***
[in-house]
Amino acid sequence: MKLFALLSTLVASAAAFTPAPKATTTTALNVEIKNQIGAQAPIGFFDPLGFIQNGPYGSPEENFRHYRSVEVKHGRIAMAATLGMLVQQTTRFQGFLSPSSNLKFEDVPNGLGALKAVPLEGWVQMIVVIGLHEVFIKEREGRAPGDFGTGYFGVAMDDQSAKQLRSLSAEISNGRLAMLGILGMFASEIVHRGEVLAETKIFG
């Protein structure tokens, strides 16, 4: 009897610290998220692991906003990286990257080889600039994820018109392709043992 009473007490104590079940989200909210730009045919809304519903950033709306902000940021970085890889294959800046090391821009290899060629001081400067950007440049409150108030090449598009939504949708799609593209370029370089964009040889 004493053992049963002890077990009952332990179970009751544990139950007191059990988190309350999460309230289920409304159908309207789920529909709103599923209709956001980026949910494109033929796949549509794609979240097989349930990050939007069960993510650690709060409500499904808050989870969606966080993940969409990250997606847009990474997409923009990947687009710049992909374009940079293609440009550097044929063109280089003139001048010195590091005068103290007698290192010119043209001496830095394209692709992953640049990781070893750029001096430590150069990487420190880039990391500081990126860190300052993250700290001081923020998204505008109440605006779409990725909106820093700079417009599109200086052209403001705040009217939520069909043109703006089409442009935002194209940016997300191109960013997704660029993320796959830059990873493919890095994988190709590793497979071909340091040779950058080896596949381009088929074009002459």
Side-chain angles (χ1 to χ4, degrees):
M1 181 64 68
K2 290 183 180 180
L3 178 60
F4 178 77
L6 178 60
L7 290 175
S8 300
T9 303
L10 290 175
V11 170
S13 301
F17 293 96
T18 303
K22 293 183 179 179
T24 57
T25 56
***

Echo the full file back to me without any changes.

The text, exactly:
[in-house]
Amino acid sequence: MKLFALLSTLVASAAAFTPAPKATTTTALNVEIKNQIGAQAPIGFFDPLGFIQNGPYGSPEENFRHYRSVEVKHGRIAMAATLGMLVQQTTRFQGFLSPSSNLKFEDVPNGLGALKAVPLEGWVQMIVVIGLHEVFIKEREGRAPGDFGTGYFGVAMDDQSAKQLRSLSAEISNGRLAMLGILGMFASEIVHRGEVLAETKIFG
């Protein structure tokens, strides 16, 4: 009897610290998220692991906003990286990257080889600039994820018109392709043992 009473007490104590079940989200909210730009045919809304519903950033709306902000940021970085890889294959800046090391821009290899060629001081400067950007440049409150108030090449598009939504949708799609593209370029370089964009040889 004493053992049963002890077990009952332990179970009751544990139950007191059990988190309350999460309230289920409304159908309207789920529909709103599923209709956001980026949910494109033929796949549509794609979240097989349930990050939007069960993510650690709060409500499904808050989870969606966080993940969409990250997606847009990474997409923009990947687009710049992909374009940079293609440009550097044929063109280089003139001048010195590091005068103290007698290192010119043209001496830095394209692709992953640049990781070893750029001096430590150069990487420190880039990391500081990126860190300052993250700290001081923020998204505008109440605006779409990725909106820093700079417009599109200086052209403001705040009217939520069909043109703006089409442009935002194209940016997300191109960013997704660029993320796959830059990873493919890095994988190709590793497979071909340091040779950058080896596949381009088929074009002459």
Side-chain angles (χ1 to χ4, degrees):
M1 181 64 68
K2 290 183 180 180
L3 178 60
F4 178 77
L6 178 60
L7 290 175
S8 300
T9 303
L10 290 175
V11 170
S13 301
F17 293 96
T18 303
K22 293 183 179 179
T24 57
T25 56